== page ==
Star rating: *****
It’s been a long time coming and I admit when Downton Abbey closed its doors on Christmas Day 2015 I was dubious about a movie. Unsure if there was any need to continue and whether the season finale had finished the story adequately. I’ve been a fan of the television show since Downton Abbey first opened its doors so I was torn between one last hoorah and leaving it on a high.
As the years have rolled by with not so much as a sniff of a film on the horizon, have I considered what the Crawley family and their downstairs employees might have been getting up to in the meantime? Absolutely! Thanks to Julian Fellowes, the exceptionally talented writer of one of the nation’s favourite dramas, anyone who may have found themselves wondering about the much-loved characters need wonder no more!
The opening titles gave me goose bumps, there’s always been an element of grandeur when Highclere Castle makes its appearance, however on the big screen, it is magnified and then some. The theme tune lends itself to a movie soundtrack too. Indeed all the promise of a fine follow up were in place from the outset and I wasn’t left disappointed.
You’d have to live in a sack not to have an idea as to the main storyline, the trailers have been teasing us for a while. The King and Queen (Simon Jones and Geraldine James) are paying a visit to Downton Abbey for one night and the excitement and trepidation is palpable! Not least from Mr Molesley (Kevin Doyle) who is champing at the bit to get back into his livery and undoubtedly make a spectacle of himself in true Molesley fashion.
It’s all hands to the pumps as Mrs Patmore (Lesley Nicol) mithers loudly over the menu, raising the hopes of Mr Bakewell (Mark Addy) from whom she buys her supplies. Mr Barrow (Robert-James Collier) appears all too lackadaisical for Lady Mary’s (Michelle Dockery) tastes, he clearly doesn’t measure up in comparison to her beloved Mr Carson (Jim Carter). Cue the reappearance of the retired butler and he couldn’t be more delighted to oblige Lady Mary’s request that he return to the helm. Life at the cottage seems to mostly revolve around trying to find things to occupy himself with while his wife, Mrs Hughes (Phyllis Logan) continues in her role of Housekeeper. Their marriage is still going strong though and indeed the pairing up continues downstairs as Daisy (Sophie McShera) is engaged to Andy (Michael Fox) ~ and there’s a couple of scenes that show Andy’s jealous streak too! Mr Molesley and Miss Baxter persist in dancing around each other, there does appear to be progress although they are moving at an even more glacial place than Carson and Hughes did.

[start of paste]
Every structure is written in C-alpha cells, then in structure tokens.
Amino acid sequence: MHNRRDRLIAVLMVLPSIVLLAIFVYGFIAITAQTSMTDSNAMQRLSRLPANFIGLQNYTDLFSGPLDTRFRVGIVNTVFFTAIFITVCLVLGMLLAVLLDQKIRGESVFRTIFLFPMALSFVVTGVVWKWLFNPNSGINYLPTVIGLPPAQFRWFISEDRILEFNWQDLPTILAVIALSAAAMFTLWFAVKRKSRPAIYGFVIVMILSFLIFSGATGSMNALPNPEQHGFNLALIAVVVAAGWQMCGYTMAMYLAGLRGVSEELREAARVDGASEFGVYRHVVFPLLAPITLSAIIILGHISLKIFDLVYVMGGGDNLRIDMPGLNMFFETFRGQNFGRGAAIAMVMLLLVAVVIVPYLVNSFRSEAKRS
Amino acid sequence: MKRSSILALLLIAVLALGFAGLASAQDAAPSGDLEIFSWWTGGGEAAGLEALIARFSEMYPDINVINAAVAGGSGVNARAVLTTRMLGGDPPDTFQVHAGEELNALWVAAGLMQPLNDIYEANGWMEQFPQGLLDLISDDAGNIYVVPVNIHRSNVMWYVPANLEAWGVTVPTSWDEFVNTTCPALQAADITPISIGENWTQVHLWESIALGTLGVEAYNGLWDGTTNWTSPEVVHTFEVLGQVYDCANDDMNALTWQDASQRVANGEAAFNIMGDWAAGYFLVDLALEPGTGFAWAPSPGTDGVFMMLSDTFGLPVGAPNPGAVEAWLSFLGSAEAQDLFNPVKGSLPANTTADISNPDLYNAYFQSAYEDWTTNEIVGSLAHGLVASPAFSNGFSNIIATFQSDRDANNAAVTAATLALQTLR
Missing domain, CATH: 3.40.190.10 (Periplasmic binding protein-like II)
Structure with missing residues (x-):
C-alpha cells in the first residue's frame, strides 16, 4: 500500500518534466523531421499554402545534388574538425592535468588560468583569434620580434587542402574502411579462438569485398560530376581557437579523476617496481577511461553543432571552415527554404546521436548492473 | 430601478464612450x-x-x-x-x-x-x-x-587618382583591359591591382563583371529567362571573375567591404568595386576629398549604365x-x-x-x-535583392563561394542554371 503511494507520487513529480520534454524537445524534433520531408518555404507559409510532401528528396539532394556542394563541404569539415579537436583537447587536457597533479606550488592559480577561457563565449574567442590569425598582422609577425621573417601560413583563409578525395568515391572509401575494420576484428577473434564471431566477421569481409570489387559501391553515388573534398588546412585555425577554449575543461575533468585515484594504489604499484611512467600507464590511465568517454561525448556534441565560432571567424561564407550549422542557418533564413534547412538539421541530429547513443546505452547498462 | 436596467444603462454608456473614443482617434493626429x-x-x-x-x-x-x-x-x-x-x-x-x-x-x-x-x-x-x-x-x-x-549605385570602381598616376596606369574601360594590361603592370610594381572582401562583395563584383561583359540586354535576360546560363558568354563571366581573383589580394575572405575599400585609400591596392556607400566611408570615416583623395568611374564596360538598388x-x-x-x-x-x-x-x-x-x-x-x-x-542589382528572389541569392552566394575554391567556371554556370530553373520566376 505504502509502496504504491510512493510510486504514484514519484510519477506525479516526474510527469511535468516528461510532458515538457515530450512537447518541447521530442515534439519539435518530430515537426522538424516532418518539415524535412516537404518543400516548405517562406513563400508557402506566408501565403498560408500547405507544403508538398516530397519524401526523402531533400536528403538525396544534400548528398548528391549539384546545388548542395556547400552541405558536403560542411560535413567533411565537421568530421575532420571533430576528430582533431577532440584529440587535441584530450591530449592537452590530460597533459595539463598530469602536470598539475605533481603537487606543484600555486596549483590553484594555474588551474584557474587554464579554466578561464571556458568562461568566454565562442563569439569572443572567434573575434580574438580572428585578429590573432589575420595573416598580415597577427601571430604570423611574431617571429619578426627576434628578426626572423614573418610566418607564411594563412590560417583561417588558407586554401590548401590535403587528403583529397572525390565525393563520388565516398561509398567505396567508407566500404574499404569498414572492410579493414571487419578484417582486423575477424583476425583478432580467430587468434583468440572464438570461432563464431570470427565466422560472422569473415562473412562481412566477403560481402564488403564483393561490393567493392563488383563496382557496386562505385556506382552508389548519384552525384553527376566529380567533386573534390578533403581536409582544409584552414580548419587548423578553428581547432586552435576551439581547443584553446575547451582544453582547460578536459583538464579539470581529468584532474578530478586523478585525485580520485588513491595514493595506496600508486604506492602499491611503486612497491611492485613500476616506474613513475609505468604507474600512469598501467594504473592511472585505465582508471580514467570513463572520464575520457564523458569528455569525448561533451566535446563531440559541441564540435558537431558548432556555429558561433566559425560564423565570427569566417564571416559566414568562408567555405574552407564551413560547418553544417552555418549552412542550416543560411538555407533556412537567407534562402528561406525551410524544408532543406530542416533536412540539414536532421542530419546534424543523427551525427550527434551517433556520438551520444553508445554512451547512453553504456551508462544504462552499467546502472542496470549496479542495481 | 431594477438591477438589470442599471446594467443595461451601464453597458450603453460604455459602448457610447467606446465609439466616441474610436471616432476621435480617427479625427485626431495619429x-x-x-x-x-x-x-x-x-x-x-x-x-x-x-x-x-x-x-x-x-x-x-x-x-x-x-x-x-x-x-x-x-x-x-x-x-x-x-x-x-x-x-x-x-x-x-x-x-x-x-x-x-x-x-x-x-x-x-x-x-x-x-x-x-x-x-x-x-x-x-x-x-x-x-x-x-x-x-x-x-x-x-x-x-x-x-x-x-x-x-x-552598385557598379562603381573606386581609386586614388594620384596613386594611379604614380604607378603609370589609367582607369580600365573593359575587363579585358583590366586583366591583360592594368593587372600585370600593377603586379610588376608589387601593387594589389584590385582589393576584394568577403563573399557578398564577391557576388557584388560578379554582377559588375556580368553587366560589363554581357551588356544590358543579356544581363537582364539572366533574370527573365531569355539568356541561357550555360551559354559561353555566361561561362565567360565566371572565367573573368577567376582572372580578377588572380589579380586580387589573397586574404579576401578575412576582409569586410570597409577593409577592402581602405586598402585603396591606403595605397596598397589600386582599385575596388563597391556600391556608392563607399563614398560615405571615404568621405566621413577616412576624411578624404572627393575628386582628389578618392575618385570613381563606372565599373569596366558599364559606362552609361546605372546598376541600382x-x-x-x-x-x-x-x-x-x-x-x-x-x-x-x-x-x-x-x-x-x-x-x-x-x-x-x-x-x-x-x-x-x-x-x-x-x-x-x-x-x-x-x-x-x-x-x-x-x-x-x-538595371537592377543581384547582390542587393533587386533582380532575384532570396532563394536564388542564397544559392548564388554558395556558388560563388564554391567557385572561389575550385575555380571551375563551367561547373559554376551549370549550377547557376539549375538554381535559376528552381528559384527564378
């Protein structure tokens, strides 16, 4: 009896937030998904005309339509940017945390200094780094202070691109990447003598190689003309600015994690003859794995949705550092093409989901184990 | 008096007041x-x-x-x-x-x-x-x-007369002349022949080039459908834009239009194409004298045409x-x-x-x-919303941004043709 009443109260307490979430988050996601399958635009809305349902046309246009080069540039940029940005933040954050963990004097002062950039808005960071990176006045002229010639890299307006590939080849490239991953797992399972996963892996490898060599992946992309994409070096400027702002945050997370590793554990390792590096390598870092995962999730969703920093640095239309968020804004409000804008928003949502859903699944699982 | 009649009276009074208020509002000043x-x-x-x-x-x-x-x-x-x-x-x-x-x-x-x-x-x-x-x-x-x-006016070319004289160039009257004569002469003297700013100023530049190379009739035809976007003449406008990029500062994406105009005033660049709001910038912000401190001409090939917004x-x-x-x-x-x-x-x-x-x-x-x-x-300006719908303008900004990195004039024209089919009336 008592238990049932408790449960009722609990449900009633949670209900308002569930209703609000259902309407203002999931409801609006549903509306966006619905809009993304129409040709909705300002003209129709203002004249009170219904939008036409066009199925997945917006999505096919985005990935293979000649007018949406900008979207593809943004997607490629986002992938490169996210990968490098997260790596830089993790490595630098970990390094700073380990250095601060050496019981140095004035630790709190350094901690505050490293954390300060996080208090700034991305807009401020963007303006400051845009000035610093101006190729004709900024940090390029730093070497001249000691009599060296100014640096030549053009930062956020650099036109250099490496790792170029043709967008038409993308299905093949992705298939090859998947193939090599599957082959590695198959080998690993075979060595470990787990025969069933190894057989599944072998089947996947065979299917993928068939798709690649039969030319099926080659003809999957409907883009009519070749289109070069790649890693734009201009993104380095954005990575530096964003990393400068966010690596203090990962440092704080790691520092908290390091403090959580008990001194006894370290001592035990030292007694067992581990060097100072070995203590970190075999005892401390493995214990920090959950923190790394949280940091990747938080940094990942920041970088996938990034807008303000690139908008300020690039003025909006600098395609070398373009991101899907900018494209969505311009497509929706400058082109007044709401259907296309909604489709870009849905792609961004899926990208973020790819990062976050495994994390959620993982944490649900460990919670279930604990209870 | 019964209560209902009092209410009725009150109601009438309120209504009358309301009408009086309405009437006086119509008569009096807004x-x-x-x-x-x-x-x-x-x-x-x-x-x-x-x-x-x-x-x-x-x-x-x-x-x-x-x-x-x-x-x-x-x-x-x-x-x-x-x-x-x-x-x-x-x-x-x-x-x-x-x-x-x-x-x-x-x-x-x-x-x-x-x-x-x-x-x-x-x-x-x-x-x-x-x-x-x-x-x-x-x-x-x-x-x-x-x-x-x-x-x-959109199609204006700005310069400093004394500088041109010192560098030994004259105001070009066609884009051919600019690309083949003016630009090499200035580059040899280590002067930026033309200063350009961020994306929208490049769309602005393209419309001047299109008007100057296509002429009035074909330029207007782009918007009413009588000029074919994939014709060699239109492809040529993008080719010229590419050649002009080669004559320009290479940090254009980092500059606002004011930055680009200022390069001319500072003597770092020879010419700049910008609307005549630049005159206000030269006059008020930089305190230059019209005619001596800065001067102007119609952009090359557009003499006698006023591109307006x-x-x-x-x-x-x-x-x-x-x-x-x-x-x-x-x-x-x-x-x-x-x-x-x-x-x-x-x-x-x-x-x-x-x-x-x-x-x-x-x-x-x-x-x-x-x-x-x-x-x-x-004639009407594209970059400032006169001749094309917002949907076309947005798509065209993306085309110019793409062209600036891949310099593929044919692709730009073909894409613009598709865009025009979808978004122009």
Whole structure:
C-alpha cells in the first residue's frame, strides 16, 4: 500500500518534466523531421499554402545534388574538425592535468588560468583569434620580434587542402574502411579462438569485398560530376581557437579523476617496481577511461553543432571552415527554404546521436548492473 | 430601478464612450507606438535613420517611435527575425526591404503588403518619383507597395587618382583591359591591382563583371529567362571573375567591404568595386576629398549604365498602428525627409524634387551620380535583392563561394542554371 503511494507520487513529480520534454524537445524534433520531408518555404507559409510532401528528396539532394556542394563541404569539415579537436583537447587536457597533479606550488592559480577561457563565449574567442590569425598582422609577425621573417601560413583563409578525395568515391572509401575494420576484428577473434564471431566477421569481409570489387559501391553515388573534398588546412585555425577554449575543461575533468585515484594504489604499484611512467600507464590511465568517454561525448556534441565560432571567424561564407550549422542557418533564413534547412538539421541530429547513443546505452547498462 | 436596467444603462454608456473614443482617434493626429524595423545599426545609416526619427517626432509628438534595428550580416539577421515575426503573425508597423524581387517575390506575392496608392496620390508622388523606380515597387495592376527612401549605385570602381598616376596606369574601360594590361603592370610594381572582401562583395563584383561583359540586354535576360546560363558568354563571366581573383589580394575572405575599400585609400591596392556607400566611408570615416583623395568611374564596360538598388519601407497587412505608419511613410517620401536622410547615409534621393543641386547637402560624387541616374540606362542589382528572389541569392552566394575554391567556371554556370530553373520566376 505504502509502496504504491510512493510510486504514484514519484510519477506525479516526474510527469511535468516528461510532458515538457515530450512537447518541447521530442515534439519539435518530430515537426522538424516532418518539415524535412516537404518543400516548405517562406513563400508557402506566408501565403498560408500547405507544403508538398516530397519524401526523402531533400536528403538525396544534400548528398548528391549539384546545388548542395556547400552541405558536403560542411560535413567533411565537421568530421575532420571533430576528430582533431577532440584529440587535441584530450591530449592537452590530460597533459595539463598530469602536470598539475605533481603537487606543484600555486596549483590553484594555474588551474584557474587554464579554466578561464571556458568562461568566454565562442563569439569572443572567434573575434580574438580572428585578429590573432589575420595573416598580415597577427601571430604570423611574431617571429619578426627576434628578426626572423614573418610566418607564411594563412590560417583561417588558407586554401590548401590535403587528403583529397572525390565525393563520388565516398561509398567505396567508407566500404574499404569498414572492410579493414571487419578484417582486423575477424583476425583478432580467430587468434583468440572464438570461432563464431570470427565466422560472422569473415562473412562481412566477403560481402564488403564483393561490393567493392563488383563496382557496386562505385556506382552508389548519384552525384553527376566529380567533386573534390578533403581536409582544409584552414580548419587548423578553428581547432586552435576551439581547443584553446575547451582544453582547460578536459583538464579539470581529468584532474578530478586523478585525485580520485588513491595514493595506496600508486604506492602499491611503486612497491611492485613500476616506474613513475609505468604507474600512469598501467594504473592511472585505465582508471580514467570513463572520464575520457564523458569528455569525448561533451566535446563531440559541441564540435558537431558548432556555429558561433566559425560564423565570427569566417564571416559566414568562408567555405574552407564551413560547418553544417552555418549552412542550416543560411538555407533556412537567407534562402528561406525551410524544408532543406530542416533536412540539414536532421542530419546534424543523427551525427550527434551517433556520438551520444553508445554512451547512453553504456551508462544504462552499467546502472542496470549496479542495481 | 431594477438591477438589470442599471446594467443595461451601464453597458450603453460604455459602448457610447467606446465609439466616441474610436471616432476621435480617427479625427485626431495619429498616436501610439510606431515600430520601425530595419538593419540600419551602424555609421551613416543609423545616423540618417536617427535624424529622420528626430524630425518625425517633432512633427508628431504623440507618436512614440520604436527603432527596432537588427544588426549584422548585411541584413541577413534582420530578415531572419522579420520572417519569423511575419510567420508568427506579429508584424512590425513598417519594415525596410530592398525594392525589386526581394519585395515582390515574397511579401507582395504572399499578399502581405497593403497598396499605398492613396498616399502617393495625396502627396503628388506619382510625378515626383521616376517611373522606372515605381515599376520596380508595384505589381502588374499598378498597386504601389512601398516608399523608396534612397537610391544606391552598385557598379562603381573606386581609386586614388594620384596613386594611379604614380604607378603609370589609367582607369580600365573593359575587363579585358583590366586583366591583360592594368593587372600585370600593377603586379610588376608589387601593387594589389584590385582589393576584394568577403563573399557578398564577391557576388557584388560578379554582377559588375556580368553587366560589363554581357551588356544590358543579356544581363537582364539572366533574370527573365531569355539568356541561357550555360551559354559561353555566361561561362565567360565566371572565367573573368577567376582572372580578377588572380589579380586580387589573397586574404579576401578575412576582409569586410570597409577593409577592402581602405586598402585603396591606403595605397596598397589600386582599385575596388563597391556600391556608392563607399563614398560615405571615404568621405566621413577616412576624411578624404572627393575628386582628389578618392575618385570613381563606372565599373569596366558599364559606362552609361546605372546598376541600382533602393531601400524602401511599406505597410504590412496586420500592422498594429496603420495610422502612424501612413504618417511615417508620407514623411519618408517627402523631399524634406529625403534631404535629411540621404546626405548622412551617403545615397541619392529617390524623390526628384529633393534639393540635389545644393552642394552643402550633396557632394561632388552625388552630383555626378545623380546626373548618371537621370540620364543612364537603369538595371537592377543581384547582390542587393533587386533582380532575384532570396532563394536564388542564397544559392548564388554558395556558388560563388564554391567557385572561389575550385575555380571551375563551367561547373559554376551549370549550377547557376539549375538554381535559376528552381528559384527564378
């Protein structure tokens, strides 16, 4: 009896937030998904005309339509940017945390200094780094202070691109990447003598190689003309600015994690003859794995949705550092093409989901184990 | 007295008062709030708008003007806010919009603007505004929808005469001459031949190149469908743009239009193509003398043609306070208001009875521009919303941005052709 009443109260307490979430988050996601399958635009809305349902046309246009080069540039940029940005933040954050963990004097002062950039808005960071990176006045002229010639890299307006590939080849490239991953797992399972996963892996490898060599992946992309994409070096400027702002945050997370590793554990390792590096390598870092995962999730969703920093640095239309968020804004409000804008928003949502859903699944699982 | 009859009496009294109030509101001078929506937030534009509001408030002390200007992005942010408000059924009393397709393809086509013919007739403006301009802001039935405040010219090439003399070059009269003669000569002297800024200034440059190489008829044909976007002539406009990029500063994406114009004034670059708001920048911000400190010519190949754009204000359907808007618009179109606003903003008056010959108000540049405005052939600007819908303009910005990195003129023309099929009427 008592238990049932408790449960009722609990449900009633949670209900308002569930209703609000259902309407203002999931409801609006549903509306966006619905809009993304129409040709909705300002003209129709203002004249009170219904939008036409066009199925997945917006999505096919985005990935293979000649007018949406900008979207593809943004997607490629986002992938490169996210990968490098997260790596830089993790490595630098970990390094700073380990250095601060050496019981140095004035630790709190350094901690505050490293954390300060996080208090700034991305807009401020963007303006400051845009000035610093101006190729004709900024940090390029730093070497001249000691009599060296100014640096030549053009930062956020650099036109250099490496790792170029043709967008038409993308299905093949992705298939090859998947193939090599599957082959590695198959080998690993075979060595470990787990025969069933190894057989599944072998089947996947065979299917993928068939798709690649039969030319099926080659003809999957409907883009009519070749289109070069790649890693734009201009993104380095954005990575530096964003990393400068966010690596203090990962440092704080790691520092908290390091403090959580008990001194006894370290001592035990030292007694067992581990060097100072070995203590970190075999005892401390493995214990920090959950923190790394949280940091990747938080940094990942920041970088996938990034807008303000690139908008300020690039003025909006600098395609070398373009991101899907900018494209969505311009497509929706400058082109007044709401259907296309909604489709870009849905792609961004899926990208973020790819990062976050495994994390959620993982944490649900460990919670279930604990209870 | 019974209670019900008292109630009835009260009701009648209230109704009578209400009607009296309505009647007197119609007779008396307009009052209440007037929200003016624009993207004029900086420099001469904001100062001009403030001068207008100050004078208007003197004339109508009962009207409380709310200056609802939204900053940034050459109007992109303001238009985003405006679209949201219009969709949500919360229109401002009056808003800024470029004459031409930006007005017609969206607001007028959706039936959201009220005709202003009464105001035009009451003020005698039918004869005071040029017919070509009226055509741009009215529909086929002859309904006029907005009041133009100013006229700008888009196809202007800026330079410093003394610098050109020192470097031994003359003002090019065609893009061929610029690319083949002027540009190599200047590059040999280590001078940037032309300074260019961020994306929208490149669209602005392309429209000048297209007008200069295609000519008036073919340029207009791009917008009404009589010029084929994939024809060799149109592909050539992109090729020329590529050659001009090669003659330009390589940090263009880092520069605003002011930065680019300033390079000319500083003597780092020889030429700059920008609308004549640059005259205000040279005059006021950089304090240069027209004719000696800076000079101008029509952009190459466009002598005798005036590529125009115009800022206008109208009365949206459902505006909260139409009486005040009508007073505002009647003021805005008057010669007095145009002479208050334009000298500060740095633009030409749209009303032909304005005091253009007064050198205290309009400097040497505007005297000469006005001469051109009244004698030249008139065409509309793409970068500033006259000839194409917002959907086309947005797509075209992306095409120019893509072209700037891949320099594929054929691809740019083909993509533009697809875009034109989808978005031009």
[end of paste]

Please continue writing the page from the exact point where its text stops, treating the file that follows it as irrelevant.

So, with Robert (Hugh Bonneville) and Cora (Elizabeth McGovern) excited to play host to royalty, Lady Edith, now Lady Hexham (Laura Carmichael) and her husband Bertie (Harry Hadden-Paton) en route, all the action is centred around the visit and the impact it has on each individual character. Mr Branson (Allen Leach) is still very much a part of the Crawley family and proves himself to be the hero of the hour in more than one way too when the royals are ensconced at Downton.
One of the strongest storylines happens downstairs when the Downton staff are at war with the King’s staff. Carson certainly meets his match in Mr Wilson (David Haig) and it’s the battle of the chatelaine between Mrs Hughes and Mrs Webb (Richenda Carey). It all hots up when Anna (Joanne Froggatt) and Mr Bates (Brendan Coyle) lead the revolution to claim back their rightful household roles and it’s quite a cunning plan.
Highlights of the movie include a whole host of one-liners delivered expertly by Penelope Wilton, Lesley Nicol, Phyllis Logan and of course Dame Maggie Smith. Plus, Imelda Staunton plays a new character, cousin of Lady Violet (Maggie Smith), Lady Bagshaw. Staunton fits in like a dream, it feels like she was always a part of the cast. The two-hander scene she shared with Penelope Wilton as Isobel was a performance de force from both actresses, a masterclass if ever there was one.
Most of my questions left open from the 2015 season finale are answered and my curiosity satisfied. However, where has Mr Mason got to? Did Mrs Patmore frighten him off? Why did Daisy accept Andy’s marriage proposal if she wasn’t sure at first? Where is Mr Carson’s hand tremor? Maybe these unanswered wonderings are enough to warrant a sequel to the movie?
The glorious locations used, extraordinary attention to detail from the costume department and the intricate yet simple script from Fellowes combined with faultless casting makes this movie one of the biggest hits of 2019, for me. You also can’t fail to be amazed at the uncanny resemblance Geraldine James pays to Queen Mary.
Go and see it, it will make you smile, laugh out loud, reminisce and cry: Downton Abbey Movie